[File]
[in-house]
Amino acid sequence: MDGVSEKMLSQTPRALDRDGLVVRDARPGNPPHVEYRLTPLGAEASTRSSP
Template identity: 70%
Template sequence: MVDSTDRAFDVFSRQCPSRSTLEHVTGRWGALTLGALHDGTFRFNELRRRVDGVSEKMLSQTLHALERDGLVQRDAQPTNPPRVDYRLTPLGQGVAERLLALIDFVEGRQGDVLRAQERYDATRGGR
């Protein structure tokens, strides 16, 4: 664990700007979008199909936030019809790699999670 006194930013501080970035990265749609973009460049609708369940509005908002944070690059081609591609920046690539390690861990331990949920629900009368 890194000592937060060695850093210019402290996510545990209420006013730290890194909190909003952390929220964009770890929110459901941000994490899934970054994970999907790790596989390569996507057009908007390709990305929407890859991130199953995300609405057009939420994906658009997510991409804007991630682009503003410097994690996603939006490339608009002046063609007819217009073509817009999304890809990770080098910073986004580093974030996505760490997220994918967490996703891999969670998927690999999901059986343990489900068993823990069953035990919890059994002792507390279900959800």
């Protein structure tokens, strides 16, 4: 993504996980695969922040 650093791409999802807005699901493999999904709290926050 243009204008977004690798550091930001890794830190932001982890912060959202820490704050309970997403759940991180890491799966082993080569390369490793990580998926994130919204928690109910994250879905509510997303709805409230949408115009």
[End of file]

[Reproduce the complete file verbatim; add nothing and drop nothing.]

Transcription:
[in-house]
Amino acid sequence: MDGVSEKMLSQTPRALDRDGLVVRDARPGNPPHVEYRLTPLGAEASTRSSP
Template identity: 70%
Template sequence: MVDSTDRAFDVFSRQCPSRSTLEHVTGRWGALTLGALHDGTFRFNELRRRVDGVSEKMLSQTLHALERDGLVQRDAQPTNPPRVDYRLTPLGQGVAERLLALIDFVEGRQGDVLRAQERYDATRGGR
């Protein structure tokens, strides 16, 4: 664990700007979008199909936030019809790699999670 006194930013501080970035990265749609973009460049609708369940509005908002944070690059081609591609920046690539390690861990331990949920629900009368 890194000592937060060695850093210019402290996510545990209420006013730290890194909190909003952390929220964009770890929110459901941000994490899934970054994970999907790790596989390569996507057009908007390709990305929407890859991130199953995300609405057009939420994906658009997510991409804007991630682009503003410097994690996603939006490339608009002046063609007819217009073509817009999304890809990770080098910073986004580093974030996505760490997220994918967490996703891999969670998927690999999901059986343990489900068993823990069953035990919890059994002792507390279900959800």
């Protein structure tokens, strides 16, 4: 993504996980695969922040 650093791409999802807005699901493999999904709290926050 243009204008977004690798550091930001890794830190932001982890912060959202820490704050309970997403759940991180890491799966082993080569390369490793990580998926994130919204928690109910994250879905509510997303709805409230949408115009």